Mays Business School, June 29th, 2016
June 19th, 2016
Well, my semester abroad officially ended this past Friday. Thoughts? Reflections? Emotions and the like? Although the semester’s end means it’s time to go home and say goodbye, I can’t help but feel happy and excited to return to Texas. I love Korea and I will definitely miss everything that is Korea, but I can’t wait to be in a place where I don’t struggle to communicate and where I can buy Mexican food easily and for a reasonable price. Did I ever tell y’all that a month and a half into my study abroad I had sudden Mexican food withdrawals to the point in which my friends and I traveled for an hour and a half to eat at the nearest Mexican restaurant? Well, we did and it was worth it. But back to the point, I’m ready to go home. This past week has been hard because all I wanted was to go home sooner and eat things that aren’t Korean. One of my professors told me that the closer my return home comes the harder it would be to live abroad, but I didn’t really think it was true. I thought all I would feel would be sadness. In actuality, all I feel is excitement and sometimes a little frustration that I am still here in Korea while others have already returned home. Perhaps I only feel this way because I will be returning to Korea for the fall semester, so I don’t feel the need to feel sad yet.
June 29th, 2016
Well, I’ve been home for almost a little over a week now. It feels weird that it feels as if I never left! Everything seems just as I’ve left it. My friends that have studied abroad told me that when they came back they saw the “ugly parts” of our culture, but I am not seeing what they talked about. I mean, I am looking at things and saying, “This would be more efficient if we adapted Korea’s system.” But, I haven’t seen any part of our culture that seems backward when compared to that of Korea’s. In fact, now that I have lived in and studied about Korea, I feel that my whole perception of Korea has changed. Before, when I thought of Korea, I mainly thought of all the good things Korea has to offer: a growing economy; a leader in the technology industry; the Hallyu Wave. Now, I mainly think about the aging population, the high rates of poverty that exist among Korea’s disabled and elderly, the world leading suicide rates among every age group in Korea, the extremely high academic expectations placed on students, and the poor work environments due to long hours and a hierarchical culture, and much more. Having experienced Korea by living in the countryside, I feel that I saw all the things Korea is still trying to develop and may have even forgotten about while trying to catch up to the world’s leading countries. For example, one thing I found very confusing about Korea is that although it is required by law for trash to be sorted into things that can be recycled and those that cannot (paper, plastic, glass, aluminum, and food waste), it is completely legal to litter and simply leave trash everywhere. I don’t mean to offend anyone, but this seems so backward to me.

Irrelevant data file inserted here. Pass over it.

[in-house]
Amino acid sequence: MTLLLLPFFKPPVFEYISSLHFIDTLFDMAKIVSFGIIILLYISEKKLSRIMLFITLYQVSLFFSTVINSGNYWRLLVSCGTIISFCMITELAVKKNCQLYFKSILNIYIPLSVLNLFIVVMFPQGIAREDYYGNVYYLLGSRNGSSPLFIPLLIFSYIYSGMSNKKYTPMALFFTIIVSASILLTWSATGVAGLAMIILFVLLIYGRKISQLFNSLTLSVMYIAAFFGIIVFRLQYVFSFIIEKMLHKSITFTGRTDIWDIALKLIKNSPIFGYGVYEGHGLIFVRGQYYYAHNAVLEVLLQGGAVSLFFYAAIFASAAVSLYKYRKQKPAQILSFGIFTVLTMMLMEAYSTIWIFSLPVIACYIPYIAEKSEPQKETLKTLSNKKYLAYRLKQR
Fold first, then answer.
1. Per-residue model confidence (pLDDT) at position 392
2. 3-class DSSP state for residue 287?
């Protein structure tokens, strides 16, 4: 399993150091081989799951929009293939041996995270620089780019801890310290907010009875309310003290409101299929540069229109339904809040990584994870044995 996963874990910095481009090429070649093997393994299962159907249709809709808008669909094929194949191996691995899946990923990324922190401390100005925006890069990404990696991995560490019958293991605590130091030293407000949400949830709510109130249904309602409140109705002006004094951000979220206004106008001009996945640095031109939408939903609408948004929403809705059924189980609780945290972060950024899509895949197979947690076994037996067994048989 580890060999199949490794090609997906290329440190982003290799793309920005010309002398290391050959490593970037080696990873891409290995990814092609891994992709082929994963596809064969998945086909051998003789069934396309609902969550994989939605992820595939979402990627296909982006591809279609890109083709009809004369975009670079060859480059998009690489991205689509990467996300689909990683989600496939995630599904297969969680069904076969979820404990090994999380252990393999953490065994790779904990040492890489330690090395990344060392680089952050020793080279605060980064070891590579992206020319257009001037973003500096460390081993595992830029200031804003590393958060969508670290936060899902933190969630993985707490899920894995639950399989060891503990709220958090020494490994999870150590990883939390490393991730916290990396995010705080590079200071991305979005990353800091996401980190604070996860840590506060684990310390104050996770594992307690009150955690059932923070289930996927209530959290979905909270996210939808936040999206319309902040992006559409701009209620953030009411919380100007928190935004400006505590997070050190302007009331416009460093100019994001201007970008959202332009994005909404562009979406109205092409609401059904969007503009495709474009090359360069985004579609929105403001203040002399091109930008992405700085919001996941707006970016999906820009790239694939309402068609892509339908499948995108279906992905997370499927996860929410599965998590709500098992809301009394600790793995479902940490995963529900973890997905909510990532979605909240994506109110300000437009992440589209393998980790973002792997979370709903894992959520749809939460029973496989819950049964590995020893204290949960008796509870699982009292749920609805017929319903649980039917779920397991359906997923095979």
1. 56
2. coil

Anyway, I’m happy to be home and I’m excited to return to Korea at the end of August for my second semester abroad.